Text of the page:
Last month, Finnair Cargo announced a new partnership to market its belly capacity on the increasingly popular cargo management app, cargo.one, which is already used by industry giants like Dachser and Lufthansa Cargo. Finnair has been pushing for new technology to streamline the cargo process for years, but the carrier is hardly a newcomer to the scene. In fact, it’s one of the oldest carriers ever to carry a mail bag in an aircraft belly.
In between sessions at IATA’s 13th World Cargo Symposium in Singapore, Air Cargo World sat down with Finnair Cargo’s head of global sales, Fredrik Wildtgrube (pictured), to chat about hot topics of the event, like the safe transport of cold-chain products – of which it is a prominent carrier – and the glacially slow progress of digitalization in the air cargo industry. With the cargo.one partnership, the pace may start to quicken.
Q: How important is belly cargo to Finnair’s business model?
Fredrik Wildtgrube: Cargo was onboard our first flight. We are one of the oldest still-operating airlines around. The first flight was actually a mail flight. Cargo has always been a very significant role in the company and I think that we demonstrate a very integral way of doing things. Cargo is being taken very seriously. We got the opportunity to build the most modern air cargo terminal [The COOL Nordic Cargo Hub at Helinski Airport] in Europe. What’s really cool about it is that it was built for us. And that’s not something you see every day, especially for a belly air cargo airline.
Q: What are Finnair’s most popular cargo routes?
FW: The Asia connection in general is something that is sought after. We operate to the main destinations and we have some smaller destinations as well. I would say the usual suspects, the main destinations in China and also in Japan. We’ve been operating there a long time and we’re very happy with our network at this point.
Q: What are your most popular commodities going to Asian markets?
FW: We carry quite a lot of different commodities, but in exports out of Europe, there are a lot of perishables involved – mainly seafood – moving to our Asian destinations. We actually launched a video about that. The world is changing. Customer demands are changing. So, all the time, we’re trying to think of ways to make our supply chain more reliable.
Q: How about the other direction (Asia to Europe)?
FW: It’s more a general cargo commodity that’s coming back. At the same time, we’re interested in opening conversations to variety of opportunities – we’re very curious. We see, of course, e-commerce is growing in the market, which is interesting. I think it’s posing a new challenge to the industry. We were the first airline in the world to get the CEIV-Pharmaceutical certificate, but we’re interested in exploring loads of different opportunities to add customers to utilize our network.
Q: What are the major obstacles to digitalization in airfreight?
FW: I think that the accountability of getting everything documented from origin is something that you need – especially from our perspective. We are relying on the data that comes from upstream, and with that data, we need to know exactly what the customer is looking for from us … and we would like to do everything possible to protect the integrity of the product, and if you don’t have good data from upstream, this becomes pretty hard. We believe, for us, it becomes a moving target, and air cargo is about speed, so having unclear instructions when it needs to happen, it becomes – we’re slowing the one true big value that our industry possesses, and that’s something we’ve all heard at the [WCS] conference… The source is there; we just need to translate it. We believe the digital way of doing things is actually allowing us to help bring speed into the industry, but still the original data needs to be good.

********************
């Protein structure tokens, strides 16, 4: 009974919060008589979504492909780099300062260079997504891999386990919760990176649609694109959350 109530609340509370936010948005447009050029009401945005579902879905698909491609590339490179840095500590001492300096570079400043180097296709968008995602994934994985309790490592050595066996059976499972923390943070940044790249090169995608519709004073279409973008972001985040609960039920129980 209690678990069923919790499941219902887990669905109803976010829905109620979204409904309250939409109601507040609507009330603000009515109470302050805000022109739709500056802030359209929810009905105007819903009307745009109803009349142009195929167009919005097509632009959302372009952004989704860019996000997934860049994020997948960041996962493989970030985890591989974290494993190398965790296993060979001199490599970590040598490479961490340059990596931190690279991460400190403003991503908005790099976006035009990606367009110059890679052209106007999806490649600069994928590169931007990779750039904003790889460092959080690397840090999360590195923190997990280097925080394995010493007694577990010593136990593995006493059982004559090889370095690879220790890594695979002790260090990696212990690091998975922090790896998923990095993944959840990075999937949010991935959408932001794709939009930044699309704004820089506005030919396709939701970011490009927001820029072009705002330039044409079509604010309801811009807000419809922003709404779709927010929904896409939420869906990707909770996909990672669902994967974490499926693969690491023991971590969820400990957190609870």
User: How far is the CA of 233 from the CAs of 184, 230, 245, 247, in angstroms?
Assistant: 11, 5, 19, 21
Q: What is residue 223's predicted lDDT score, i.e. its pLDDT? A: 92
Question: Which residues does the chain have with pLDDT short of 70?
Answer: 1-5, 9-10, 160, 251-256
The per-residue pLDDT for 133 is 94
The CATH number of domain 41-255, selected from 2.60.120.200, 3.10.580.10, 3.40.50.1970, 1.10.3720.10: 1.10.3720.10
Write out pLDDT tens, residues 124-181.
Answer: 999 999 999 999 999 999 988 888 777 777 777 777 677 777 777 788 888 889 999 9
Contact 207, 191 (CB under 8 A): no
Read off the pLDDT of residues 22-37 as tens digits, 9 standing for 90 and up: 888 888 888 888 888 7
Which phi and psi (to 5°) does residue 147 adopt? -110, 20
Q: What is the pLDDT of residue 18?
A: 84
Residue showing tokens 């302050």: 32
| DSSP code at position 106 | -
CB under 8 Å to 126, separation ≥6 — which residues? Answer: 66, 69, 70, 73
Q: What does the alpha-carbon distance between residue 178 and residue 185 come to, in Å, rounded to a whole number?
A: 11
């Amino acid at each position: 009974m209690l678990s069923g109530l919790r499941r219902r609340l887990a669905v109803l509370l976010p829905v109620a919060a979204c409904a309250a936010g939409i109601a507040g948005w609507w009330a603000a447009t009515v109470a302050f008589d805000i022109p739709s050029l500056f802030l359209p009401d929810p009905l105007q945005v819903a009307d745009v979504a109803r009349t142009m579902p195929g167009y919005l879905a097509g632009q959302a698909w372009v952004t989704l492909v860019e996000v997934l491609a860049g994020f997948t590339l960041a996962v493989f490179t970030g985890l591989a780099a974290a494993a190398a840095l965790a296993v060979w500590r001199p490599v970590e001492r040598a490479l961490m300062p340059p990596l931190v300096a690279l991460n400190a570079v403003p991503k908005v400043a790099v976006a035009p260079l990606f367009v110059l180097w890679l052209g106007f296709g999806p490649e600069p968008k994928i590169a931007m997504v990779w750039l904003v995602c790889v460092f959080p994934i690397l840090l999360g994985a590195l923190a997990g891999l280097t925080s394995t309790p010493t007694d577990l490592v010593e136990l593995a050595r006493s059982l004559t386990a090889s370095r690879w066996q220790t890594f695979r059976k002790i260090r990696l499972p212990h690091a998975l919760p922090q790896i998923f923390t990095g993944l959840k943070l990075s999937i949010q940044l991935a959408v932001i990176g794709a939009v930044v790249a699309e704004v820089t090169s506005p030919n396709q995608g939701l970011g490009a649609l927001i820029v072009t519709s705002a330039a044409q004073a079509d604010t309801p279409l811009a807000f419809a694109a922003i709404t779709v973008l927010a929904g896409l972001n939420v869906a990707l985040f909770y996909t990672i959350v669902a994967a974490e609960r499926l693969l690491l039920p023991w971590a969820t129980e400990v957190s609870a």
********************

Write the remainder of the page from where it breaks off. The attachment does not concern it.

Q: When a temperature-sensitive shipment is compromised, how does Finnair manage with the situation?
FW: If there would be an exposure to an unlucky event, you’d want to absolutely comply to everything possible to identify where the problem was, what it was caused by, what are the corrective actions, and how do we prevent that in the future. Because again, going back to the product integrity, we understand that this pharmaceutical shipment, these medicines that go into either a human being or an animal – there are no short cuts, there are absolutely no short cuts for that, and that’s the type of integrity that we want to endorse. We want to work very closely together with all of our stakeholders in the community so that we have absolutely as good and reliable a supply chain as possible within air cargo.
Q: How is the partnership with cargo.one moving along?
FW: We are still in the testing phase and we are moving things forward. One thing we really liked about cargo.one was the dynamic team. Certainly, it is really the energy in the people. We saw the passion to really change something, and they already have a vision of how that could look. They convinced us that they’d done their homework; they’d done the challenging part. But it’s not only for the purpose of challenge to do something… having the ambition, that’s something that absolutely got us convinced.
This month, you can see Wildtgrube speak in person about cross-border specialty cargo at Cargo Facts Asia 2019, to be held April 15-17 in Shanghai, presented by our esister publication, Cargo Facts. For registration information, please visit cargofactsasia.com.Like This Post